Compassion not Condemnation

No one who reads today’s section of the Rule of St Benedict, chapter 27 On the Abbot’s Special Care for the Excommunicated, can feel easy about condemning others. Again and again, Benedict advocates patience, reaffirmation of love and support for the wobbly one, and is reminded of the example he himself must follow, that of the Good Shepherd who carried the straying sheep back to the flock on his own sacred shoulders (RB 27. 9, a telling addition to the gospel narrative). The emphasis is not on what the excommunicate must do in order to be reintegrated into community but what the abbot and community must do.

How often do we demand that another person change, show repentance or remorse, conform to our standards of acceptable behaviour and become what we require them to be? It is an arrogance that goes beyond the individual. We have seen something of the same in the run-up to COP26. Most people in the U.K. agree that caring for the environment and being good stewards of natural resources are important, but the methods adopted by Insulate Britain, for example, to force attention on their case have had a mixed reception. There has been a clashing of rights which reflects a clash of interests. At COP26 itself, the division in interest between rich and poor nations has been stark at times. Those of us living a comfortable life in the West don’t really know what it is like to live with sea levels just two metres below our country’s land mass and, as one delegate put it, no hill to run to if they rise.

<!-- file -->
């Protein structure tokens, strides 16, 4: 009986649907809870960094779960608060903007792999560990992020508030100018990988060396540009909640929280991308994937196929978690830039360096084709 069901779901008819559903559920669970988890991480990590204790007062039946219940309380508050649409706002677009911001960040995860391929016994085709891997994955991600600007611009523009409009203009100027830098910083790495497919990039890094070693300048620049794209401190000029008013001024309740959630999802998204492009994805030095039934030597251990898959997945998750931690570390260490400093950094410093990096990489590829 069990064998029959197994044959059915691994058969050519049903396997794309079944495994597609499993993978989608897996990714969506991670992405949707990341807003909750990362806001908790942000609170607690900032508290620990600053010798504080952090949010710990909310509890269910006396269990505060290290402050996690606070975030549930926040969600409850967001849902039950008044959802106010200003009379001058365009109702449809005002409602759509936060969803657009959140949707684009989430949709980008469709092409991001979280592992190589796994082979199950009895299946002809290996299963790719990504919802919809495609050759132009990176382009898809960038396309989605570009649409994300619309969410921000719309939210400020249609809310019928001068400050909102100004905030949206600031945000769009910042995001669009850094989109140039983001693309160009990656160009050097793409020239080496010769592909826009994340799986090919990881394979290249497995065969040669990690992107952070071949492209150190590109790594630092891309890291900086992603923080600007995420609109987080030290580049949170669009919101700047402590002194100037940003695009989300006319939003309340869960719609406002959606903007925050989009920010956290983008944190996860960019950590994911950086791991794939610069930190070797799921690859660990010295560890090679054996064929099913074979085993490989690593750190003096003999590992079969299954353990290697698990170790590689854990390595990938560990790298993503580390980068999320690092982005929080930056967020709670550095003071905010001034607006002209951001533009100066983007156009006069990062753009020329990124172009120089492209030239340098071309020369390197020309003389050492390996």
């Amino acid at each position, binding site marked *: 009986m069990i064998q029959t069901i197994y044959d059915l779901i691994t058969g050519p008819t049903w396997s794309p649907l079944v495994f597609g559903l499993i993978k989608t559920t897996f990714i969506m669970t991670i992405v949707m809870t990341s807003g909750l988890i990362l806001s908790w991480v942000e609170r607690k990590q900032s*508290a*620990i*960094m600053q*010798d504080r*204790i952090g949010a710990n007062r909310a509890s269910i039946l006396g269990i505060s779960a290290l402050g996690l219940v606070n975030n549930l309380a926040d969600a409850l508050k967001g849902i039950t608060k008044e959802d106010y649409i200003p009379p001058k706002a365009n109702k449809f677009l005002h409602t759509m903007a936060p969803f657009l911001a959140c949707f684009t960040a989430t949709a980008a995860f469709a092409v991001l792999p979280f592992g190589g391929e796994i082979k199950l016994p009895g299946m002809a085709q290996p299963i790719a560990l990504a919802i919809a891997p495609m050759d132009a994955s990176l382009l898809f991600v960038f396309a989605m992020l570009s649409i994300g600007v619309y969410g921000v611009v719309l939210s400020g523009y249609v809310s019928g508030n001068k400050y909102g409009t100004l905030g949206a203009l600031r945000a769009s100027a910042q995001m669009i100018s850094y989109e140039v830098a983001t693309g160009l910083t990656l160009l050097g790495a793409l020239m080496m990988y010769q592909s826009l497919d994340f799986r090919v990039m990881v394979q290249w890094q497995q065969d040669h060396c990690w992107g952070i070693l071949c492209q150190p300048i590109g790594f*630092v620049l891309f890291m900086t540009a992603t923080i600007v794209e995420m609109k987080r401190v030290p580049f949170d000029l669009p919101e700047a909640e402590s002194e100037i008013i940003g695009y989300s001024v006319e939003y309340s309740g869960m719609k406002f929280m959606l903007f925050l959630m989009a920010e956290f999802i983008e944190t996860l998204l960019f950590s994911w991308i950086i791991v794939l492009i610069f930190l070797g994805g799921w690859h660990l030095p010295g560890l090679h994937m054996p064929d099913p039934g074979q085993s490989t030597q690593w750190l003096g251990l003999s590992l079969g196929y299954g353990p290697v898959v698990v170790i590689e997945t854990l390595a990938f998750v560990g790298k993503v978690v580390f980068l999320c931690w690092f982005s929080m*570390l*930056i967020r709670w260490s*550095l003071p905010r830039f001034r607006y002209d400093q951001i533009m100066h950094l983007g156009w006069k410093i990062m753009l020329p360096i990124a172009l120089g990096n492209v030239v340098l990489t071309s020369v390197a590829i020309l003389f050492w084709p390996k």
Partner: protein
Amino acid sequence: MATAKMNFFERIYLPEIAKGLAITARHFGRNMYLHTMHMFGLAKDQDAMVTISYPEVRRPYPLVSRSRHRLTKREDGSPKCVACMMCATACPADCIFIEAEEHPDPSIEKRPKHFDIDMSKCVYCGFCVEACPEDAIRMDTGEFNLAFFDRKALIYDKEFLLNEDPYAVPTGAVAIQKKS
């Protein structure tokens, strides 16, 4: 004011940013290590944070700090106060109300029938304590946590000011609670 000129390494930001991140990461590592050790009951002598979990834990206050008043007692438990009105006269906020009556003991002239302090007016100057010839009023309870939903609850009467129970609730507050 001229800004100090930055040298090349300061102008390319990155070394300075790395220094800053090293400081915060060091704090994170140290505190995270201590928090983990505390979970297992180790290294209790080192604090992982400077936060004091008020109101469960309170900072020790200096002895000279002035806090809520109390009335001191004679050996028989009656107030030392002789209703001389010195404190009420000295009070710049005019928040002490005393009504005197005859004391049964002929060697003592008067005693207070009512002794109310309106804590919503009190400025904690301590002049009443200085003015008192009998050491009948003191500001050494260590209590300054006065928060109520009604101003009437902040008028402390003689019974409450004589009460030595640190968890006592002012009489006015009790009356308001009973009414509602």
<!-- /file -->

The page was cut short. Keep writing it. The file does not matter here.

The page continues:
Only a very wise person, or a very foolish one, would claim to know how to solve the challenge of climate change, but we must do the best we can. When dealing with those who are unconvinced, or whose self-interest is apparently opposed to our own, we need all the qualities an abbot must show when confronted with disruptive behaviour in an individual: patience, support, readiness to act. Above all, we need to show compassion rather than condemnation, a willingness to listen and, where we can, compromise.

Over to you, but, please, no angry rants. They won’t be published.

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